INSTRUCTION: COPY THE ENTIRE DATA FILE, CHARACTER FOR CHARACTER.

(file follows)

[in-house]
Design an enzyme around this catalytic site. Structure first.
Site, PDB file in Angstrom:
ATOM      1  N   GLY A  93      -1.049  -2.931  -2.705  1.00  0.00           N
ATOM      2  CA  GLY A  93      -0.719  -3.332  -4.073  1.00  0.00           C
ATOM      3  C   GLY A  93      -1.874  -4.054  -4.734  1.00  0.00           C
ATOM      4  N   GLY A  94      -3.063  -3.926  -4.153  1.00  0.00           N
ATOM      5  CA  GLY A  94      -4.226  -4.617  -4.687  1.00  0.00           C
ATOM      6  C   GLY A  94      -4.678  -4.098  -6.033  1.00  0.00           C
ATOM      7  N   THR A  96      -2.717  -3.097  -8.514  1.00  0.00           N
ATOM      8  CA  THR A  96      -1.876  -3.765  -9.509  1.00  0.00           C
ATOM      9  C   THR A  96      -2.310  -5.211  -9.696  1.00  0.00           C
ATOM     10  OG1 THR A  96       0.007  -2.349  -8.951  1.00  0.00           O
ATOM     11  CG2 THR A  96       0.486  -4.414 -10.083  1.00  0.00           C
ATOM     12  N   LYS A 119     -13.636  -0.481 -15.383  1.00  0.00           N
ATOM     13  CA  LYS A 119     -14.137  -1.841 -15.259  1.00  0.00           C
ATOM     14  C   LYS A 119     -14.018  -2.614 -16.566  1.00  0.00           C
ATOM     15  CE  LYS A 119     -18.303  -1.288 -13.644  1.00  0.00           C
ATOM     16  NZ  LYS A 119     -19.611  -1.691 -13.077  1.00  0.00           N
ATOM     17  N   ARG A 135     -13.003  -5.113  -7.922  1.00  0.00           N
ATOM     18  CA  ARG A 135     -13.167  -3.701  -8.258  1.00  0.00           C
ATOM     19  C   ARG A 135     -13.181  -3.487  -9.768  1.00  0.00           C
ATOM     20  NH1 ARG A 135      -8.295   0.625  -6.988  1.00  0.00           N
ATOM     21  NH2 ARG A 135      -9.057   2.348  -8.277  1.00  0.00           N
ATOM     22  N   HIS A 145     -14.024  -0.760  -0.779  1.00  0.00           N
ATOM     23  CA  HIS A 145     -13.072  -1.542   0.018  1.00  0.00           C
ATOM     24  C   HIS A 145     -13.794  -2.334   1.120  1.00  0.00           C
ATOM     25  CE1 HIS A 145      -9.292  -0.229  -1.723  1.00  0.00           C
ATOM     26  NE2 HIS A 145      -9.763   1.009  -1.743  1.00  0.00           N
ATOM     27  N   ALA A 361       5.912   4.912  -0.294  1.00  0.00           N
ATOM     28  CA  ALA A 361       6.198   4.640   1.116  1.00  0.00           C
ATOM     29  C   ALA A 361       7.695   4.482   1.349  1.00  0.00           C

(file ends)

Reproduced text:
[in-house]
Design an enzyme around this catalytic site. Structure first.
Site, PDB file in Angstrom:
ATOM      1  N   GLY A  93      -1.049  -2.931  -2.705  1.00  0.00           N
ATOM      2  CA  GLY A  93      -0.719  -3.332  -4.073  1.00  0.00           C
ATOM      3  C   GLY A  93      -1.874  -4.054  -4.734  1.00  0.00           C
ATOM      4  N   GLY A  94      -3.063  -3.926  -4.153  1.00  0.00           N
ATOM      5  CA  GLY A  94      -4.226  -4.617  -4.687  1.00  0.00           C
ATOM      6  C   GLY A  94      -4.678  -4.098  -6.033  1.00  0.00           C
ATOM      7  N   THR A  96      -2.717  -3.097  -8.514  1.00  0.00           N
ATOM      8  CA  THR A  96      -1.876  -3.765  -9.509  1.00  0.00           C
ATOM      9  C   THR A  96      -2.310  -5.211  -9.696  1.00  0.00           C
ATOM     10  OG1 THR A  96       0.007  -2.349  -8.951  1.00  0.00           O
ATOM     11  CG2 THR A  96       0.486  -4.414 -10.083  1.00  0.00           C
ATOM     12  N   LYS A 119     -13.636  -0.481 -15.383  1.00  0.00           N
ATOM     13  CA  LYS A 119     -14.137  -1.841 -15.259  1.00  0.00           C
ATOM     14  C   LYS A 119     -14.018  -2.614 -16.566  1.00  0.00           C
ATOM     15  CE  LYS A 119     -18.303  -1.288 -13.644  1.00  0.00           C
ATOM     16  NZ  LYS A 119     -19.611  -1.691 -13.077  1.00  0.00           N
ATOM     17  N   ARG A 135     -13.003  -5.113  -7.922  1.00  0.00           N
ATOM     18  CA  ARG A 135     -13.167  -3.701  -8.258  1.00  0.00           C
ATOM     19  C   ARG A 135     -13.181  -3.487  -9.768  1.00  0.00           C
ATOM     20  NH1 ARG A 135      -8.295   0.625  -6.988  1.00  0.00           N
ATOM     21  NH2 ARG A 135      -9.057   2.348  -8.277  1.00  0.00           N
ATOM     22  N   HIS A 145     -14.024  -0.760  -0.779  1.00  0.00           N
ATOM     23  CA  HIS A 145     -13.072  -1.542   0.018  1.00  0.00           C
ATOM     24  C   HIS A 145     -13.794  -2.334   1.120  1.00  0.00           C
ATOM     25  CE1 HIS A 145      -9.292  -0.229  -1.723  1.00  0.00           C
ATOM     26  NE2 HIS A 145      -9.763   1.009  -1.743  1.00  0.00           N
ATOM     27  N   ALA A 361       5.912   4.912  -0.294  1.00  0.00           N
ATOM     28  CA  ALA A 361       6.198   4.640   1.116  1.00  0.00           C
ATOM     29  C   ALA A 361       7.695   4.482   1.349  1.00  0.00           C